Carrington, Hereward, 1880-1959.
Biography and History
Hereward Carrington was a well-known British investigator of psychic phenomena. Born in 1880, he joined the Society for Psychical Research in 1900, later working as assistant to James Hyslop with the American Society for Psychical Research until 1908. In 1921, Carrington was the American delegate to the first International Psychical Congress in Denmark. In the same year, he founded the American Psychical Institute and Laboratory, which operated for two years and was reconstituted in 1933 in New York City. His best known investigations were in the case of Mina Stinson Crandon ("Margery") in 1924 by the Committee of The Scientific American (Carrington, Harry Houdini, Malcolm Bird, William McDougall, Walter Franklin Prince, and Daniel Frost Comstock) and that of Eusapia Palladino in 1908.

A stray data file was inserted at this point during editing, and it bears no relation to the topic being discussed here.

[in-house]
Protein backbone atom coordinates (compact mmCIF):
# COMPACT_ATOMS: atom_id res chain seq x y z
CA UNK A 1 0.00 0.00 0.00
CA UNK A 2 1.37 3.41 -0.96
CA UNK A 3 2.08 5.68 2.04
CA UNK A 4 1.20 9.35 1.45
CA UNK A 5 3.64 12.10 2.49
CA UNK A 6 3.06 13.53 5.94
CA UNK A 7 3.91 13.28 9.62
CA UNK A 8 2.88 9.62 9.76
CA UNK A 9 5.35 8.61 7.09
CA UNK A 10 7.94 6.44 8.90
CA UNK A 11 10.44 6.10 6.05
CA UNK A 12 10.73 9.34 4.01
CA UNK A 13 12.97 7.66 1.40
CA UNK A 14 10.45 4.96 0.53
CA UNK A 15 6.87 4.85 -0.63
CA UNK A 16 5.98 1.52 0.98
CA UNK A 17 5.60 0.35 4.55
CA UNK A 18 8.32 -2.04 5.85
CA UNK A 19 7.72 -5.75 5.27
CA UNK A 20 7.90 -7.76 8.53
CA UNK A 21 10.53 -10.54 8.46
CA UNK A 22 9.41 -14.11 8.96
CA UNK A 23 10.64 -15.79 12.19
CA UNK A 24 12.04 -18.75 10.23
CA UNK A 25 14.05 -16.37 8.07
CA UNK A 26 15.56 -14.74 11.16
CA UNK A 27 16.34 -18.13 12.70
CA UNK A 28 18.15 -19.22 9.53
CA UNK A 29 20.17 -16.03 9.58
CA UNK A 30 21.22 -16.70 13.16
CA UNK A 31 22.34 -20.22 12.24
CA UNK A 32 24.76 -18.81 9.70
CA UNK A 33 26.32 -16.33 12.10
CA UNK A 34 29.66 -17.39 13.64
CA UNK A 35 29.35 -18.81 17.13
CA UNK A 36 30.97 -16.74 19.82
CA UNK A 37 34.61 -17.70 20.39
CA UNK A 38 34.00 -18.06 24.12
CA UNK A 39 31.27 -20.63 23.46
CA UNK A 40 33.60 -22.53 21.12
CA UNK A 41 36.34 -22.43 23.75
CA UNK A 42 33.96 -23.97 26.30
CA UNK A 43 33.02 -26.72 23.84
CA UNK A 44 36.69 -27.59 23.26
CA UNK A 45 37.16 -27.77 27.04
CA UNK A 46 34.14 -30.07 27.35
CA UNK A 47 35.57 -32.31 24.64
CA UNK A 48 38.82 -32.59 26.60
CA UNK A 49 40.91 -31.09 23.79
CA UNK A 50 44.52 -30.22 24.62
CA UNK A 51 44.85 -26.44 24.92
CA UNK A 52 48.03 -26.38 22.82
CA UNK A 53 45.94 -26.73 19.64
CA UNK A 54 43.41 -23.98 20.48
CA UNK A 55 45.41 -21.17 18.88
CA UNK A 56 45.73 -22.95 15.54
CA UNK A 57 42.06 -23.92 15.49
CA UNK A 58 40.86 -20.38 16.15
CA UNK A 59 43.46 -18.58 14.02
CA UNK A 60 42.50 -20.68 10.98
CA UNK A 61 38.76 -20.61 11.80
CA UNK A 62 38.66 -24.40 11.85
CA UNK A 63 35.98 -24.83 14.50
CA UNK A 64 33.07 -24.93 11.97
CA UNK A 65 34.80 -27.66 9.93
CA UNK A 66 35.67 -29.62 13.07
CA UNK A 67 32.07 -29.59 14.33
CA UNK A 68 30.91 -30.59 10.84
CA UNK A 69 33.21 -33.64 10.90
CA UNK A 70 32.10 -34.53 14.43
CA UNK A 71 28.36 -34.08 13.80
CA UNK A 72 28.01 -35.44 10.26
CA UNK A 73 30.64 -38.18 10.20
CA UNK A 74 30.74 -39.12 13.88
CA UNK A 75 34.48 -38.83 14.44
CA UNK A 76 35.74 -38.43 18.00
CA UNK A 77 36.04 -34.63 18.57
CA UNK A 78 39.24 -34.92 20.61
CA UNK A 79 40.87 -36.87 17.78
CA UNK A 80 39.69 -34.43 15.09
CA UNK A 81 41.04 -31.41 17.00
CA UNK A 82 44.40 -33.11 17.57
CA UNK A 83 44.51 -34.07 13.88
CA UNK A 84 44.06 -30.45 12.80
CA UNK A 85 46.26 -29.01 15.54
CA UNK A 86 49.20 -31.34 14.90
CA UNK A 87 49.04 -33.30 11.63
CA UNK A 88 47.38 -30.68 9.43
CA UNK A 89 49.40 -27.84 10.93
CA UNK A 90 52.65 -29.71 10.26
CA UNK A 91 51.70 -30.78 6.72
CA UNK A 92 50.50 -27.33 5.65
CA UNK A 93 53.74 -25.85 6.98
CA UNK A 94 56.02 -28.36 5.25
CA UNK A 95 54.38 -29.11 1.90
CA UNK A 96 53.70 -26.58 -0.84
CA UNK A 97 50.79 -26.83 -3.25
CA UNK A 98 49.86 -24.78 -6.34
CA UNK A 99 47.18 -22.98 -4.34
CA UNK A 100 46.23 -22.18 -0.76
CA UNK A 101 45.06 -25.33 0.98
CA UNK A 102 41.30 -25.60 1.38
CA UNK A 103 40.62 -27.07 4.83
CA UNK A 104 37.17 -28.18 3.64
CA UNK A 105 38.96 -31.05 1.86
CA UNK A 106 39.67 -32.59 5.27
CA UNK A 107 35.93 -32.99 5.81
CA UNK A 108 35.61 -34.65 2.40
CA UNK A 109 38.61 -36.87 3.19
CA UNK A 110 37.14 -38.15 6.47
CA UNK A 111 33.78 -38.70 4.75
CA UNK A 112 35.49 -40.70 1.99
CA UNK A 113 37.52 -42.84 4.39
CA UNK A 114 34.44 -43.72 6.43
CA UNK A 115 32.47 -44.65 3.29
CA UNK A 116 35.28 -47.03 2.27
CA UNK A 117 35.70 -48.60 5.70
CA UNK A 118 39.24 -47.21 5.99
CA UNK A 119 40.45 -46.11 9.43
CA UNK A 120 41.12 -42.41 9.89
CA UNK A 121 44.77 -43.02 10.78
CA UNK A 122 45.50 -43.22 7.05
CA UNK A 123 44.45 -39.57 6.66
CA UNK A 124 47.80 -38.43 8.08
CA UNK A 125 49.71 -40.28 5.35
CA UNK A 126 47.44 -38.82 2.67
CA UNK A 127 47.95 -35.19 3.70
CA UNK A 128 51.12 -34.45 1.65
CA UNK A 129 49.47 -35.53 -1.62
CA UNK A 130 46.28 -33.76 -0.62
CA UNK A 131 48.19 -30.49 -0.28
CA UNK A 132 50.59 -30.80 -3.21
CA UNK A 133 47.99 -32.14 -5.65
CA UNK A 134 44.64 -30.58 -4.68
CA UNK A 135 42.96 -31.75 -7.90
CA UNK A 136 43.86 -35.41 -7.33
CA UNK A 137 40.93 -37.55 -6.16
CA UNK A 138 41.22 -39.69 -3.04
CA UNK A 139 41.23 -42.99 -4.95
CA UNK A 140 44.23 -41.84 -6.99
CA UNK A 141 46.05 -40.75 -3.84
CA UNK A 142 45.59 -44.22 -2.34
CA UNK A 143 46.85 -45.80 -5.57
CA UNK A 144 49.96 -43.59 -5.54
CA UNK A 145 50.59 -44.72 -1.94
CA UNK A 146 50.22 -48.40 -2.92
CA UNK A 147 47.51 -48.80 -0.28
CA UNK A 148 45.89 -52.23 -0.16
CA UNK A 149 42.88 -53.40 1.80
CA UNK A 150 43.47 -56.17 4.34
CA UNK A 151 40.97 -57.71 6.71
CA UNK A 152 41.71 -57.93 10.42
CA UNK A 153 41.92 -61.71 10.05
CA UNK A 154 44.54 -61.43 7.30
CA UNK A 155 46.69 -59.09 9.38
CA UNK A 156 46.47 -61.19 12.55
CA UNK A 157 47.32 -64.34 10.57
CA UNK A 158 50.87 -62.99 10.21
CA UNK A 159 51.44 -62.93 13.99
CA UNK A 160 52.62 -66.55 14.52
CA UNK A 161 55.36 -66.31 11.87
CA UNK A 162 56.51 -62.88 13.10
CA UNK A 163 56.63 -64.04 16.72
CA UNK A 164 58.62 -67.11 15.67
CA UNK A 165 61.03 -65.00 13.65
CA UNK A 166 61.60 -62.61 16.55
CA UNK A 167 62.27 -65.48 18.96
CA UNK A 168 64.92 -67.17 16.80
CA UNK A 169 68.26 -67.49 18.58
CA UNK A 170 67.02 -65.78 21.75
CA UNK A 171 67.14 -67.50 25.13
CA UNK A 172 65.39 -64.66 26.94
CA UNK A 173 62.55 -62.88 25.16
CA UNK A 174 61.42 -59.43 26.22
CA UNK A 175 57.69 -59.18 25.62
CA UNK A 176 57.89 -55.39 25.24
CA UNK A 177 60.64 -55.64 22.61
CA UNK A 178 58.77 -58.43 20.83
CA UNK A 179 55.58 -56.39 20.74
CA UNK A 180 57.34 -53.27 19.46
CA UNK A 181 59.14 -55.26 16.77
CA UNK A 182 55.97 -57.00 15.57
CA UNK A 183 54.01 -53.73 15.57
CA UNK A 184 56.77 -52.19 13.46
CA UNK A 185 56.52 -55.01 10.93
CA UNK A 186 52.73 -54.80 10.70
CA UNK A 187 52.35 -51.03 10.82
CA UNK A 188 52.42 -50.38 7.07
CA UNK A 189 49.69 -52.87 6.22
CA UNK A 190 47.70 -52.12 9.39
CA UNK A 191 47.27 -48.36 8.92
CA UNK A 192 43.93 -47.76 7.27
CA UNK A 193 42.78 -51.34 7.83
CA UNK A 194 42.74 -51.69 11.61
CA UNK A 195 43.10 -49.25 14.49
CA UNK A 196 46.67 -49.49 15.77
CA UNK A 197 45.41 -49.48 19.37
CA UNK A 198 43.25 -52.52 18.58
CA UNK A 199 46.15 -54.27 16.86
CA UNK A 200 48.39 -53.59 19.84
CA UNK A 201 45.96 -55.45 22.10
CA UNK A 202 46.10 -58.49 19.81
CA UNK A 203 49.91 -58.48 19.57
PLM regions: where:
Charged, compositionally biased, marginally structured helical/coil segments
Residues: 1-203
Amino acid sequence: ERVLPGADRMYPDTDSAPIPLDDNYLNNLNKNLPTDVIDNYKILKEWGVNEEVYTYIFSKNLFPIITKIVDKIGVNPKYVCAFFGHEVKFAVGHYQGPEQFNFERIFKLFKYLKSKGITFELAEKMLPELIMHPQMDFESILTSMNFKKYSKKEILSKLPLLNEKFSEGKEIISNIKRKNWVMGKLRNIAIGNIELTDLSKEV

Carrington's published works include The Physical Phenomena of Spiritualism (1907), Eusapia Palladino and her Phenomena (1909), and The Problems of Psychical Research (1914). Carrington died in 1959.
Source: From the finding aid for C1159
Call Number: C1159
Consists of papers of Hereward Carrington, a British spiritualist and investigator of psychic phenomena, including correspondence with other notable figures in his field, photographs of mediums and psychic phenomena, several manuscripts, and two diaries.